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Alexander Disease


Alexander disease is a very rare, progressively fatal disorder of the central nervous system due to severe astrocytic dysfunction as a result of cytoskeletal protein mutations. Infantile, juvenile and adult forms are described and clinical presentation varies amongst the patients in these three groups. However, growth, psychomotor retardation, and seizures are common features of all three groups. The diagnosis is made by MRI and genetic testing. Treatment is only supportive.


Currently, the clinical presentation depends on the age of onset, as three distinct subtypes have been identified:

  • Infantile (0-2 years) - This form is seen in neonates and infants and is termed to be the most severe subtype. Most common symptoms include megalencephaly [12], growth and psychomotor retardation, seizures and spasticity. Symptom progression is usually rapid.
  • Juvenile (2-12 years) - Some studies report symptoms that are similar to infantile forms, but with much milder psychomotor retardation and a markedly slower progression of symptoms [6]. On the other hand, symptoms characteristic for adult forms such as hyperreflexia, bulbar symptoms, ataxia and others can also be observed [5].
  • Adult - Muscle weakness, spastic paraparesis, palatal myoclonus, as well as bulbar symptoms, hyperreflexia and ataxia are reported to develop in this form [5].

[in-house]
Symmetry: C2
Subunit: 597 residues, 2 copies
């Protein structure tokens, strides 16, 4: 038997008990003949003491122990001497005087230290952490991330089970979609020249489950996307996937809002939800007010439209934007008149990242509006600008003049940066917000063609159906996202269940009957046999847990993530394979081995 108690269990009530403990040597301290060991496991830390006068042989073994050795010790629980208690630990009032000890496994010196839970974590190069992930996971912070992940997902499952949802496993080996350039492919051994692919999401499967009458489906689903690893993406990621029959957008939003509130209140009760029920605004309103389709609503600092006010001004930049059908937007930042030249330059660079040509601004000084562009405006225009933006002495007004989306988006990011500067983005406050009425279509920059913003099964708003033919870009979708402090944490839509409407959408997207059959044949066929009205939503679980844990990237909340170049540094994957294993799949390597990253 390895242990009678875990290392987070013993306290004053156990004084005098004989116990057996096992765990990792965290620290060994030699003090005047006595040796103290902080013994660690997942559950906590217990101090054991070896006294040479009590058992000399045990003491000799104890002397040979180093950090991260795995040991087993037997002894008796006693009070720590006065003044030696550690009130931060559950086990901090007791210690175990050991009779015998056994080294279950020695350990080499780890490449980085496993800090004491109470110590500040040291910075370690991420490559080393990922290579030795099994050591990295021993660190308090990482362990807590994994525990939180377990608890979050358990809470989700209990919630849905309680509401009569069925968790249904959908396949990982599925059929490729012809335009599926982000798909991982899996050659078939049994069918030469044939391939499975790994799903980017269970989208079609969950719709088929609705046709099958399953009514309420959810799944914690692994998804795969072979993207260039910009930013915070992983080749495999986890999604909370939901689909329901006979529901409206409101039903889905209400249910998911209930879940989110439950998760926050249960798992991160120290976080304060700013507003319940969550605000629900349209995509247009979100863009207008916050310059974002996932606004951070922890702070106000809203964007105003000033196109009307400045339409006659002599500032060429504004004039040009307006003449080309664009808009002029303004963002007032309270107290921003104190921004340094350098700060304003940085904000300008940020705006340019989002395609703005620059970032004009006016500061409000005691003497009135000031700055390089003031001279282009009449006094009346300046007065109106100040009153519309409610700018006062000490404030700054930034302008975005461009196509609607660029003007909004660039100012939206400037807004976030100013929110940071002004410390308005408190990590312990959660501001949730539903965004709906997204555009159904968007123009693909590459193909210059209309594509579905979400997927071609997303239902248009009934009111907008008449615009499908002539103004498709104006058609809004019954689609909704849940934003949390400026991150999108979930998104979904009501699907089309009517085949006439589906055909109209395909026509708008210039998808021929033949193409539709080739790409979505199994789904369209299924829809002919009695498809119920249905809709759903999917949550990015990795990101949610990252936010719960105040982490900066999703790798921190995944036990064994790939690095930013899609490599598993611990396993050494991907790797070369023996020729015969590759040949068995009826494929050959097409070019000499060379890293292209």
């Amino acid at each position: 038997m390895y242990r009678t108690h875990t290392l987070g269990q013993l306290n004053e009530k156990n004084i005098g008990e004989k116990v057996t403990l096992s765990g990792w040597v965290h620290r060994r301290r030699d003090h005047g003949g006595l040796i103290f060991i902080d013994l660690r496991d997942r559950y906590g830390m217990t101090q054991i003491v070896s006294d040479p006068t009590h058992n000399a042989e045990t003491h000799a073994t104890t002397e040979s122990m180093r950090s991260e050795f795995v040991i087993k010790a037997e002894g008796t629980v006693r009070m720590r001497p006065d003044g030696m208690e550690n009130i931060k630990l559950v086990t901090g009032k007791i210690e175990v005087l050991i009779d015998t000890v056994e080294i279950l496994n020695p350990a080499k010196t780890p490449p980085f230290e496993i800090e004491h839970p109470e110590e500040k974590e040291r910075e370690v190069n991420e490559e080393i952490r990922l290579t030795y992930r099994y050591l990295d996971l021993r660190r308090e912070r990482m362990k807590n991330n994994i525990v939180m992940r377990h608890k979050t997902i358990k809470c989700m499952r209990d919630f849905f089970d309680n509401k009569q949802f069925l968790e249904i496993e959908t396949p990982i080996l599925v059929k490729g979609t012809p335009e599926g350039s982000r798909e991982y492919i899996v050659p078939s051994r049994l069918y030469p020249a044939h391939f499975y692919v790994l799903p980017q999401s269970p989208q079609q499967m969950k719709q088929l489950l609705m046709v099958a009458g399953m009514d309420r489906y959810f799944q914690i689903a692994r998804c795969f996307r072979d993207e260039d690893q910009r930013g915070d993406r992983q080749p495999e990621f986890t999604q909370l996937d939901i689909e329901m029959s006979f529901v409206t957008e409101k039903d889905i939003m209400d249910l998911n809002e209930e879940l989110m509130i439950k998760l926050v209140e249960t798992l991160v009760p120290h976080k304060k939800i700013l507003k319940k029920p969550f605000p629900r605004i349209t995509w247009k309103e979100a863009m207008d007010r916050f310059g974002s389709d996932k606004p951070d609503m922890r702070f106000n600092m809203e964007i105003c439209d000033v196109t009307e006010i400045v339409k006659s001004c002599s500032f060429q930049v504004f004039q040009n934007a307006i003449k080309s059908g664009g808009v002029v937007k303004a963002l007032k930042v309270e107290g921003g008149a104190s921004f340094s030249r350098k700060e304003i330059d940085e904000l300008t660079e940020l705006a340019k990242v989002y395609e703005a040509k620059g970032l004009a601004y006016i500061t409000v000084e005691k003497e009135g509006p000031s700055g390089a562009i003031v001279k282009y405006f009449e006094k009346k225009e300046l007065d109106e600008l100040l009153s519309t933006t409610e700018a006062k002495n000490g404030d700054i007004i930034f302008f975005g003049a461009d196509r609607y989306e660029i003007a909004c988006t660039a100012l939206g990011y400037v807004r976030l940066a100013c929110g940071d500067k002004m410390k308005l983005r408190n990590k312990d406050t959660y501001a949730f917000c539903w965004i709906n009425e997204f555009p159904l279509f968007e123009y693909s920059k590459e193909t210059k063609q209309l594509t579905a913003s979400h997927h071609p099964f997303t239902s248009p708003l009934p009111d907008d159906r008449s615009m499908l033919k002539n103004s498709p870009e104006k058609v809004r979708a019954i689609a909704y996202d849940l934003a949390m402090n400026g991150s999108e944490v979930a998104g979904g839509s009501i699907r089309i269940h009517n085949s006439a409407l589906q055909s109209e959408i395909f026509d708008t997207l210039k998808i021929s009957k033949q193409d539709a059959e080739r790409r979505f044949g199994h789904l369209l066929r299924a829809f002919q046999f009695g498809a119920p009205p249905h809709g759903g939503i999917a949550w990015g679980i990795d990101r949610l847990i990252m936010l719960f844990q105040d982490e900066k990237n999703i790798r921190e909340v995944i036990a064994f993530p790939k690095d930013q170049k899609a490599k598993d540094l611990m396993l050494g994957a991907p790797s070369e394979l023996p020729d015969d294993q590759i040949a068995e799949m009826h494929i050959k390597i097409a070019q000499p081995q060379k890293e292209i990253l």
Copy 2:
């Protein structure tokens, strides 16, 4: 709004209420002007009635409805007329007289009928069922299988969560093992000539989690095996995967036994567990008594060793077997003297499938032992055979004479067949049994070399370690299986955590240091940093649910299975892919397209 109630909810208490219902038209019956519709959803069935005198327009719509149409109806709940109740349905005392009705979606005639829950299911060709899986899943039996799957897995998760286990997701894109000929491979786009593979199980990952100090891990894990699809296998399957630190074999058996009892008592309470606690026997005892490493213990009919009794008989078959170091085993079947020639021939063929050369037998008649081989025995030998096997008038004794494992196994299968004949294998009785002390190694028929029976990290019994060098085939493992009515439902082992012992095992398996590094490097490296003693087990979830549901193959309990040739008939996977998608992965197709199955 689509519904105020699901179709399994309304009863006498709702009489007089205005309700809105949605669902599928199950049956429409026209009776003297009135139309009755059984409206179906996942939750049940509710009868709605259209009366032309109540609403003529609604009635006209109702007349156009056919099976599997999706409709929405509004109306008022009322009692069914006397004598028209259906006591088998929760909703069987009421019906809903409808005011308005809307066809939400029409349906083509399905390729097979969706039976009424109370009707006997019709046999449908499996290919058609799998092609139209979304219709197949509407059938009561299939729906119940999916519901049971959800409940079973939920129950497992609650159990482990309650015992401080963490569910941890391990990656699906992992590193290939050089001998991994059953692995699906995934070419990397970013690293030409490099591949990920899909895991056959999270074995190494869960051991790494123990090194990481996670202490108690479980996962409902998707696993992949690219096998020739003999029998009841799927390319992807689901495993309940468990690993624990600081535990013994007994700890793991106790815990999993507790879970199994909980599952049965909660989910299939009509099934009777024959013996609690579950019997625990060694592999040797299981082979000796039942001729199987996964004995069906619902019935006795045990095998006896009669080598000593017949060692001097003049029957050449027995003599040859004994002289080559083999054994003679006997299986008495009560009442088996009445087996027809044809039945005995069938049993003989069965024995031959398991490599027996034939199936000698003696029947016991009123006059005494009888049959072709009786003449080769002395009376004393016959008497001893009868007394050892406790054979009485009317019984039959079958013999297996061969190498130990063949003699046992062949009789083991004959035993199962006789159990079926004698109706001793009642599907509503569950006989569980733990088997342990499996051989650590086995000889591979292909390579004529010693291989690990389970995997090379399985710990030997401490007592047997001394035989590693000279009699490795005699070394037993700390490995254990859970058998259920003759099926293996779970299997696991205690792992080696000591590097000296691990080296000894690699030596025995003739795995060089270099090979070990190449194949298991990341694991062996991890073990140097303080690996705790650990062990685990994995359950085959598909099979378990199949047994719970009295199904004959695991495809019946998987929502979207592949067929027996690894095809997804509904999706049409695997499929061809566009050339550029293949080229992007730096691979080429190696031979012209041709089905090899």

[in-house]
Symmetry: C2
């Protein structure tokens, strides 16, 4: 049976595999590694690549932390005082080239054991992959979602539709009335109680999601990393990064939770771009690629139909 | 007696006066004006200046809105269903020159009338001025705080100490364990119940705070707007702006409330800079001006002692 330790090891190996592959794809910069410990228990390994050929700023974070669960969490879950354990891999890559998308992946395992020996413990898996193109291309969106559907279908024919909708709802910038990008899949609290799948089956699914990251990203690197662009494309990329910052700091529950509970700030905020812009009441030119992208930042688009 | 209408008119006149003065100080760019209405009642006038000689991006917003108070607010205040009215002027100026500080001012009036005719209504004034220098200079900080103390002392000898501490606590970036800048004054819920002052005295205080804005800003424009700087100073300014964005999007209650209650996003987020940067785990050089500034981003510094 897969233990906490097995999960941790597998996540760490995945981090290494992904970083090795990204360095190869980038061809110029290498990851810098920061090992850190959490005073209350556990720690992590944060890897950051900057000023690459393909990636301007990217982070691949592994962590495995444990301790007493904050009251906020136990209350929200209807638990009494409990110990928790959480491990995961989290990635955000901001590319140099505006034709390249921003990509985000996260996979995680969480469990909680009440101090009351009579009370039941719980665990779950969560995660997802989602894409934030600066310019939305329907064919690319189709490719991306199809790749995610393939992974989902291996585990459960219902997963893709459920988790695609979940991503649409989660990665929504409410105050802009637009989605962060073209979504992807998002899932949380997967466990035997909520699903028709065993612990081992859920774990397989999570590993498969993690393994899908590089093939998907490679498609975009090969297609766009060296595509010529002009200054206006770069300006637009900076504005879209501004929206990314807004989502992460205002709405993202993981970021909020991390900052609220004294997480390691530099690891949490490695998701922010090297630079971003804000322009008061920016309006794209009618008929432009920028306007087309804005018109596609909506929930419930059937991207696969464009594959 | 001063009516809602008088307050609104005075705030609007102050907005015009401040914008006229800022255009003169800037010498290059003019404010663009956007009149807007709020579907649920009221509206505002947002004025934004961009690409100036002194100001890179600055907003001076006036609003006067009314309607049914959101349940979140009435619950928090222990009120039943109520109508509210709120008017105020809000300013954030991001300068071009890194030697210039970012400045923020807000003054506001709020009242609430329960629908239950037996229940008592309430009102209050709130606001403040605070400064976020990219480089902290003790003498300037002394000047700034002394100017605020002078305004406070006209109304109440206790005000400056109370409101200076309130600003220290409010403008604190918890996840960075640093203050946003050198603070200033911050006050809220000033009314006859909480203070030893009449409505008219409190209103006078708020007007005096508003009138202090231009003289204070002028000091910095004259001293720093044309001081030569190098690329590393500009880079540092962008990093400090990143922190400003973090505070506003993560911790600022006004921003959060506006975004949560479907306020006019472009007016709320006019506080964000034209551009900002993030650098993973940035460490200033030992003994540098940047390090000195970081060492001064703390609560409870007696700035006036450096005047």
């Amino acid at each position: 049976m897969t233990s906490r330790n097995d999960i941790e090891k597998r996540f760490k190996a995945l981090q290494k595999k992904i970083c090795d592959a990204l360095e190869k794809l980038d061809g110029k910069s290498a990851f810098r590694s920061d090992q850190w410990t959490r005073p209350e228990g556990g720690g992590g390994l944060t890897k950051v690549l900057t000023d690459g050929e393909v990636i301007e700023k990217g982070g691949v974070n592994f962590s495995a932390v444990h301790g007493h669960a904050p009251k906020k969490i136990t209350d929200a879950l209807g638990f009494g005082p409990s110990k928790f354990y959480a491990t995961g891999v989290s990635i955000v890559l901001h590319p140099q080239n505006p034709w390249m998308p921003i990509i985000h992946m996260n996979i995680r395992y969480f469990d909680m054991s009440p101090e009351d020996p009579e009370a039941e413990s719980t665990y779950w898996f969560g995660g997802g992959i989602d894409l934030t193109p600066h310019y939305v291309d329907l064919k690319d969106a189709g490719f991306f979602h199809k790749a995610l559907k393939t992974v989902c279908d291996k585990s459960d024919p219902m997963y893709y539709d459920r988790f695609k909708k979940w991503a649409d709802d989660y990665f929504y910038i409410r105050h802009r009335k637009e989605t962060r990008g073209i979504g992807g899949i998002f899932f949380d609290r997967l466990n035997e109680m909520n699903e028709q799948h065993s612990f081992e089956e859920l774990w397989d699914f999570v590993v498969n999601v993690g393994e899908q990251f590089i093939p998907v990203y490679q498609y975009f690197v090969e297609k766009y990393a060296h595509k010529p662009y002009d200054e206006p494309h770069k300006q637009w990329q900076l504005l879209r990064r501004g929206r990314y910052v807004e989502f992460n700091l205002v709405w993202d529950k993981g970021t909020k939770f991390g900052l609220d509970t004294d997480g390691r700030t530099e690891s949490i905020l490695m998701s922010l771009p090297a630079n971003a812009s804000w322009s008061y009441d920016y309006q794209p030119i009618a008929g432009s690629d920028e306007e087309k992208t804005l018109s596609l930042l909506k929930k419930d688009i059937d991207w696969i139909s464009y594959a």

Since a clear overlap between symptoms exists across different subtypes, the diagnosis cannot be made on clinical grounds. Imaging techniques and other procedures are necessary to confirm the diagnosis.

Heat Intolerance
  • The patient developed symptoms of OH, erectile dysfunction, and heat intolerance soon after his diagnosis.[ncbi.nlm.nih.gov]
Episodic Vomiting
  • Her episodic vomiting improved spontaneously at age 13, and she became neurologically asymptomatic. The enhancement of the lesion disappeared simultaneously, although the plaque remained.[ncbi.nlm.nih.gov]
  • The guanine-to-adenine change causes substitution of the normal glutamic acid codon (GAG) with a mutant lysine codon (AAG) at position 312 (E312 K mutation).[ncbi.nlm.nih.gov]
Tongue Atrophy
  • Abducens disorder of eye movement with nystagmus, tongue atrophy with fasciculation, spastic tetraparesis, and sensory disturbance were also observed. MRI showed severe atrophy of the medulla oblongata to the cervical cord ("tadpole appearance").[ncbi.nlm.nih.gov]
  • A review of the literature shows that ocular signs are frequent in adult-onset Alexander disease, most commonly gaze-evoked nystagmus, pendular nystagmus, and/or oculopalatal myoclonus, and less commonly ptosis, miosis, and saccadic dysmetria.[ncbi.nlm.nih.gov]
  • One miosis, one parkinsonism Salvi et al. , 2005 1 Sp p.R70W 52/71 1 1 1 1 1 1 – – Bradykinesia, muscle pain van der Knaap et al. , 2006 (case 5) 1 Sp p.R416W 14/33 1 – – 1 1 1/0 – Autopsy, one seizure, learning problems, sensory impairment Sreedharan[brain.oxfordjournals.org]